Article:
Transactions are best completed if all the advisors needed to work on it are brought together in the beginning as a team that is kept informed throughout the sale process. This team will include us as your intermediary, an accountant, a transaction attorney and your financial planner. If you don’t know a good transaction attorney or if your accountant is not well versed in understanding the tax implications of a sale, we can give you names of several accountants and attorneys that could represent you.
4. Identifying Buyer Type & Marketing the Business (Confidentially)
Once the deal team is in place, we will draft a business review as the first step in the marketing process. This is a ten to a fifteen-page summary that describes the business, provides financial summaries, highlights opportunities, describes the markets in which it operates, identifies the competition, and gives details on the operations and personnel of the business. It is drafted so that it provides enough information to a prospective buyer to make an offer. We don’t begin to market the business until you’ve approved this document. It is never sent to a buyer until they’ve signed a confidentiality agreement and disclosed their financial resources available to purchase the business.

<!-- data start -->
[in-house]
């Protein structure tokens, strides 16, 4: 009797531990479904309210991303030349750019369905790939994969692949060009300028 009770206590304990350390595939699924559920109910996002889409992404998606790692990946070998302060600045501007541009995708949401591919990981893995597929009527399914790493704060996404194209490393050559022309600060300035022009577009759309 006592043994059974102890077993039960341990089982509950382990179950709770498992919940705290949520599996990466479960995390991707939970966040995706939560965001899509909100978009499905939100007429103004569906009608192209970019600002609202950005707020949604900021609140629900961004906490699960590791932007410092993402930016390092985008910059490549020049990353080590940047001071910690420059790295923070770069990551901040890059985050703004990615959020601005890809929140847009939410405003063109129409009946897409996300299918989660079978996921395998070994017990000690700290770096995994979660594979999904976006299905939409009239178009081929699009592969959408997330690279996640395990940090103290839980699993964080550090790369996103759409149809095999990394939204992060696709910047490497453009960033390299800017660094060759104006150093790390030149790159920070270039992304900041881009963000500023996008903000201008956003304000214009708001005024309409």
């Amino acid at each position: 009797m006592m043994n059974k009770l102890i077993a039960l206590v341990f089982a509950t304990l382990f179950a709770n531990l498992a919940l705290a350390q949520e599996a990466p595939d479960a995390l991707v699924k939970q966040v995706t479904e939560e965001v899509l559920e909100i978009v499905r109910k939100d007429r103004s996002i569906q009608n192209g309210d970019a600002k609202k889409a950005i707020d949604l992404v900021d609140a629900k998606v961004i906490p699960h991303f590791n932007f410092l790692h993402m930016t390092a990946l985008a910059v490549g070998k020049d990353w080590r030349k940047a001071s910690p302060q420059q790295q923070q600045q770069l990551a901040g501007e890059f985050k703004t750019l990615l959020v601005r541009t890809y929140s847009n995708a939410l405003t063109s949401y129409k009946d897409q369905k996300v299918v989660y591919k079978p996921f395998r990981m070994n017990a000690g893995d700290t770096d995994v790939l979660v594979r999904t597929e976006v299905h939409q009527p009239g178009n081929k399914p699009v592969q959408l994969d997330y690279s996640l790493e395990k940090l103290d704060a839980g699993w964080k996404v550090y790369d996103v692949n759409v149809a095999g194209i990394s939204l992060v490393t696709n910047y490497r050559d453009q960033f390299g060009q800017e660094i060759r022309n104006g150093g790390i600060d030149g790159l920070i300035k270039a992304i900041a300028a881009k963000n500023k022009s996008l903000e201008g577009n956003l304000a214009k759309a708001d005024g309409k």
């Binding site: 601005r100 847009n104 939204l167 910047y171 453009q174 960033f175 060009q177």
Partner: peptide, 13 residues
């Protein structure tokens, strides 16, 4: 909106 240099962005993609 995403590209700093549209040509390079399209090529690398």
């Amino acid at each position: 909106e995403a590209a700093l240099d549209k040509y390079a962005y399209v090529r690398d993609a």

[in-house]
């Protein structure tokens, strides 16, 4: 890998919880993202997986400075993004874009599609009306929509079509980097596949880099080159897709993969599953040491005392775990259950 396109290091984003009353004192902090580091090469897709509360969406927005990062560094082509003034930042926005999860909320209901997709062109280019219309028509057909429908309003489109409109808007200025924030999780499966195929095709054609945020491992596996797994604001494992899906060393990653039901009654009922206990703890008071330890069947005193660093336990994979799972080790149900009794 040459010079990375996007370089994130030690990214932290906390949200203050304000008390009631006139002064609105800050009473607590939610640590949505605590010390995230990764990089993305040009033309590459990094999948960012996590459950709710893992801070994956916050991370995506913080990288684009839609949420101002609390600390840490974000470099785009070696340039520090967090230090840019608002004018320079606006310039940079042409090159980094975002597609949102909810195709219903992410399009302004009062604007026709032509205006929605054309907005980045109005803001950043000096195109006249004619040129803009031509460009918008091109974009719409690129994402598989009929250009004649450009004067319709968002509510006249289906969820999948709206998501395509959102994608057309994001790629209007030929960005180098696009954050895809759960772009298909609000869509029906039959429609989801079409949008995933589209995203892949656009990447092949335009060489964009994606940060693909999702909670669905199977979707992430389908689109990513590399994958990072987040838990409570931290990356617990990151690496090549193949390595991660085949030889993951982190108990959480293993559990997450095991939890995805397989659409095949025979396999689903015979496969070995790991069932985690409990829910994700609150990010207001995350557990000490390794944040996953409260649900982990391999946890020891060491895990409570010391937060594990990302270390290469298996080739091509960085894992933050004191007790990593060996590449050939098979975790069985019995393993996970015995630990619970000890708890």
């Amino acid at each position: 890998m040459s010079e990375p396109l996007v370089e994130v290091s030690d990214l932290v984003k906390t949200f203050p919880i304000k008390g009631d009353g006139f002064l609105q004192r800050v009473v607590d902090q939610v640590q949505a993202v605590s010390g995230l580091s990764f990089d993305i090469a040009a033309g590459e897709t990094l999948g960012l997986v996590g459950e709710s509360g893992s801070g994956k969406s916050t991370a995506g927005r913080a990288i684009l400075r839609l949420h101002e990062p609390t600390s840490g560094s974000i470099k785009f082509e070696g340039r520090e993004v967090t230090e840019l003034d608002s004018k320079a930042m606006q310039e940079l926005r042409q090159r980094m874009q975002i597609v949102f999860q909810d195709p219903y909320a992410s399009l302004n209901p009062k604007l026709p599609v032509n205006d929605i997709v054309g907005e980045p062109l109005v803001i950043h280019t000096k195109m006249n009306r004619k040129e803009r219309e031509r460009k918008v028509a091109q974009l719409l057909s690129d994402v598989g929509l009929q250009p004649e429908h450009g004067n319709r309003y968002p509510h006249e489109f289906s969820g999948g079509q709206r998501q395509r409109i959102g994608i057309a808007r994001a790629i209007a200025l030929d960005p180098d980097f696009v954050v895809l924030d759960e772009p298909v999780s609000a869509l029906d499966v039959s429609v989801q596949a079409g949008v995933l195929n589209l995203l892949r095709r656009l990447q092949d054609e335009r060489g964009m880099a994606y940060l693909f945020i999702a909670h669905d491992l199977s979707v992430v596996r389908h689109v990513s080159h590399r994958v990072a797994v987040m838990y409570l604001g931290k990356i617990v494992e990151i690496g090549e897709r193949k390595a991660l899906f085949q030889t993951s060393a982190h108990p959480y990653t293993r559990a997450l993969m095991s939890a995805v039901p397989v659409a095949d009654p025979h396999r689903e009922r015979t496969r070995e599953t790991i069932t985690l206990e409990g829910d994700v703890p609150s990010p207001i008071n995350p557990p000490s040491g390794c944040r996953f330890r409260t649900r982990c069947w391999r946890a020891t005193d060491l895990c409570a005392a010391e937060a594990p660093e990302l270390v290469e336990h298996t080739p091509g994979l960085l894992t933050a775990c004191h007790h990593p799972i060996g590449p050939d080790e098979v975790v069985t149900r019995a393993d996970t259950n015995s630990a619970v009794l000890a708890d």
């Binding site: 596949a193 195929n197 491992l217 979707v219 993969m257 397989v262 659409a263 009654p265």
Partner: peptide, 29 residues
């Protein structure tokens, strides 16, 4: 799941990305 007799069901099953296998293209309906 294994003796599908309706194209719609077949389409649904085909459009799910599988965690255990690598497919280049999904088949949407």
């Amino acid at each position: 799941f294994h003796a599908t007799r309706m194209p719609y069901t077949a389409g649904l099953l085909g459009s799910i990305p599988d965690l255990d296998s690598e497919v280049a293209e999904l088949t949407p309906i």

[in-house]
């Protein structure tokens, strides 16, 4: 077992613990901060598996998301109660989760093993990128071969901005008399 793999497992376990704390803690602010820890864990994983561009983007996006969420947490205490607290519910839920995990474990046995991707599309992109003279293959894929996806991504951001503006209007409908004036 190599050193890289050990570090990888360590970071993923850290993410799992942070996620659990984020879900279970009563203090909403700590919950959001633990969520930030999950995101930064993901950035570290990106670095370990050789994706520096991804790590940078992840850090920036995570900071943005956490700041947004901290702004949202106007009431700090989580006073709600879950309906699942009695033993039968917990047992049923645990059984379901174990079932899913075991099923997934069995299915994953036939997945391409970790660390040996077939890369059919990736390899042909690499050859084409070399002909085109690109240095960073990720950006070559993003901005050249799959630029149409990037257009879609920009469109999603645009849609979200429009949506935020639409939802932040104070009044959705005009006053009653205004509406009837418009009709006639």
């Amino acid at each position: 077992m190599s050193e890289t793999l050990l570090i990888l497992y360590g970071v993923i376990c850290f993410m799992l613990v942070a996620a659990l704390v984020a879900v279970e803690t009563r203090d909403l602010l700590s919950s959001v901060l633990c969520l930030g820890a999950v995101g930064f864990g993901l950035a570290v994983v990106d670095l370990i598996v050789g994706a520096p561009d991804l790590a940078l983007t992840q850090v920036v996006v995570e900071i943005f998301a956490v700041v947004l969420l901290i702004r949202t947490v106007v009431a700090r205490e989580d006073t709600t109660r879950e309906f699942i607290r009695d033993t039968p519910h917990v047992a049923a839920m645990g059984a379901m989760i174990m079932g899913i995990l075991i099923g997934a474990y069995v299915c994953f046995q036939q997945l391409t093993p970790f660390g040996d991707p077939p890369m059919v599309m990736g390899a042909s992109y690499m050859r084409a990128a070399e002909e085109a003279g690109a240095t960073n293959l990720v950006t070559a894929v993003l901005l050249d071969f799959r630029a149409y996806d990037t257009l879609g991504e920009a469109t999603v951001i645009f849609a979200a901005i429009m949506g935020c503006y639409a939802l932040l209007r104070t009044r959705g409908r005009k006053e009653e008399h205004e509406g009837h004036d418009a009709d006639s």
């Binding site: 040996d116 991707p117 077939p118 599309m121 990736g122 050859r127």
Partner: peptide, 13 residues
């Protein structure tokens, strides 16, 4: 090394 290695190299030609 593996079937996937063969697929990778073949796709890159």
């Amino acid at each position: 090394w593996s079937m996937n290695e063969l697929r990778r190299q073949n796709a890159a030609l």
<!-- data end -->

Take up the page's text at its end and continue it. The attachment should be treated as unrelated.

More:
Simultaneous to drafting the business review, we are also developing a target list of buyers and a methodology for marketing to these buyers. Depending upon your business, buyer types may include either financial buyers that are primarily interested in achieving a return on invested capital or strategic buyers that view the acquisition as one that will enhance their business by expanding their market and/or operating capabilities (other companies and/or Private Equity Groups fall into this category.)
Our targets for these two groups of buyers are derived from:
- Our internal database of 4,000 buyers including individuals, investors, and representatives from over 325 Private Equity Groups.
- A subscribed database of over 2,700 Private Equity Groups.
- Research from subscribed databases such as Hoovers and internet searches that allow us to develop possible strategic buyer candidates.
- Posting a generic confidential description of the business on 7 different business brokerage websites to which we subscribe and which buyers from all over the world review.
Whether the marketing is targeted or broad-brushed, we proceed only after you approve it. Our hope is that we develop three or more interested buyers, creating competition to maximize the sale price.
5. Buyer Pre-Screening